…Oh, you know what there is one other thing. Recently I’ve been telling people about Unite The United on Ebay, all the funds go to Mitch Lucker’s daughter. We donated some stuff, there’s some signed Jasta and Kingdom Of Sorrow stuff up there. I’ve just been urging people to donate. I think you can go to SuicideSilence.net too and donate through there as well.
I’ll make sure we get some links put on the bottom of this article for anybody who’d like to help in anyway at all. Tragic he had to go so young.
Yeah, he seemed like a really sweet guy, I mean I wasn’t super close with Mitch or anything, but every interaction I ever had with him was really positive, and he was just a star of that genre, you know. Really charismatic guy, and just one bad mistake had an effect on millions of people, so it really is sad, and I hope that everybody can come together and give some much needed support to his daughter.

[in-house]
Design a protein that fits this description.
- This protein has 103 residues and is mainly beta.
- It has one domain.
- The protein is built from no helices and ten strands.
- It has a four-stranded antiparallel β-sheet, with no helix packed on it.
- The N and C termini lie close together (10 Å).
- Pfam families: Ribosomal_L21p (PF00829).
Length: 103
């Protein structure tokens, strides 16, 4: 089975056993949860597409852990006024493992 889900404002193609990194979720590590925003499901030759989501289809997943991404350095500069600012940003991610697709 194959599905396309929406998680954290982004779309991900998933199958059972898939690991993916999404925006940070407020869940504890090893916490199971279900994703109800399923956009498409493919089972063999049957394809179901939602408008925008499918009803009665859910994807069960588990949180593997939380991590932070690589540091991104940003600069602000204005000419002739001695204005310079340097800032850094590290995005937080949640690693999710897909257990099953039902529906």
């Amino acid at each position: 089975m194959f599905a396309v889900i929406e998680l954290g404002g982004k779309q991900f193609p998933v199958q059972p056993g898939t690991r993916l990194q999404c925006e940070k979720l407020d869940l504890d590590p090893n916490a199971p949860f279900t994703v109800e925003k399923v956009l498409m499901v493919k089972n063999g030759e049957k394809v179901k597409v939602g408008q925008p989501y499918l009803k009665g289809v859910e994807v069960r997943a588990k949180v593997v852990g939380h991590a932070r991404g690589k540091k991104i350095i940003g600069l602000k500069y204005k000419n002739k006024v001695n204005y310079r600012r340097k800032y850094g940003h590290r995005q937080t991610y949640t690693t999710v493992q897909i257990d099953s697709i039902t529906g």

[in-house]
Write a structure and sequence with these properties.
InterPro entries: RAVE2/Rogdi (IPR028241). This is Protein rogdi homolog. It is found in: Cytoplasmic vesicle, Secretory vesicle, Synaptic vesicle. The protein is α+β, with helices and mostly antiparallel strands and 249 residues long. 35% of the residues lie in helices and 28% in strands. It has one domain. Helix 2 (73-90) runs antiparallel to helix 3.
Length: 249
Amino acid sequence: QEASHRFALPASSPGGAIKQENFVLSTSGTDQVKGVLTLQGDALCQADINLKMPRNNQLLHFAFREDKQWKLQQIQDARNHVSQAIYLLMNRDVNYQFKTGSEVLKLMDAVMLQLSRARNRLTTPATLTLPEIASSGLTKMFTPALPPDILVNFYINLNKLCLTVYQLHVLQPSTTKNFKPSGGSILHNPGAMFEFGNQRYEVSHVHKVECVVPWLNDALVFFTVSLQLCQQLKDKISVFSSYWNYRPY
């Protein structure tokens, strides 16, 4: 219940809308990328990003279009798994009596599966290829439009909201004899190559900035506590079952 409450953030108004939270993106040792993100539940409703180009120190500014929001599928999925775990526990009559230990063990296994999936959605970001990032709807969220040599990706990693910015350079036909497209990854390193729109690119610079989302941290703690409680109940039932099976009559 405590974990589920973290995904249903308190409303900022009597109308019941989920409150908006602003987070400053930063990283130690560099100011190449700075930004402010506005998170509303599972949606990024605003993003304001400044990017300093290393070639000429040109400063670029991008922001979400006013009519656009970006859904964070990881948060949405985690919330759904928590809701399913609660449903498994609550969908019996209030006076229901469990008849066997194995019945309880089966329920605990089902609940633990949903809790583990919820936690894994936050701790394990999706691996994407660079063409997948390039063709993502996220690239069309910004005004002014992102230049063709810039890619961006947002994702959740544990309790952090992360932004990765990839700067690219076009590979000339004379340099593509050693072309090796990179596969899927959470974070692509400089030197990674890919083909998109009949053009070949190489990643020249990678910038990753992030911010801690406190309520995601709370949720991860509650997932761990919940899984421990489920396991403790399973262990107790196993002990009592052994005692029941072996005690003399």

Over recent years there’s been a huge resurgence of bands from the 80’s and 90’s playing re-union shows and tours. Does that get on your nerves at all, as someone who’s been in a band that’s been active for the best part of 2 decades now?
Well, no, you know.. if the fans wanna see it and if they can go out and make some money from it still then… more power to ’em, you know. I’ll never tear somebody else down, thinking that it’s gonna build me up. I know that, erm… you can’t hate the player, you gotta hate the game, haha. With me, I believe in abundance and the more the merrier really. But it is important for people to support those bands that never gave up when things got tough and kept on through the worst to keep it alive, you know.
Are there any bands who’ve reformed your excited to see again?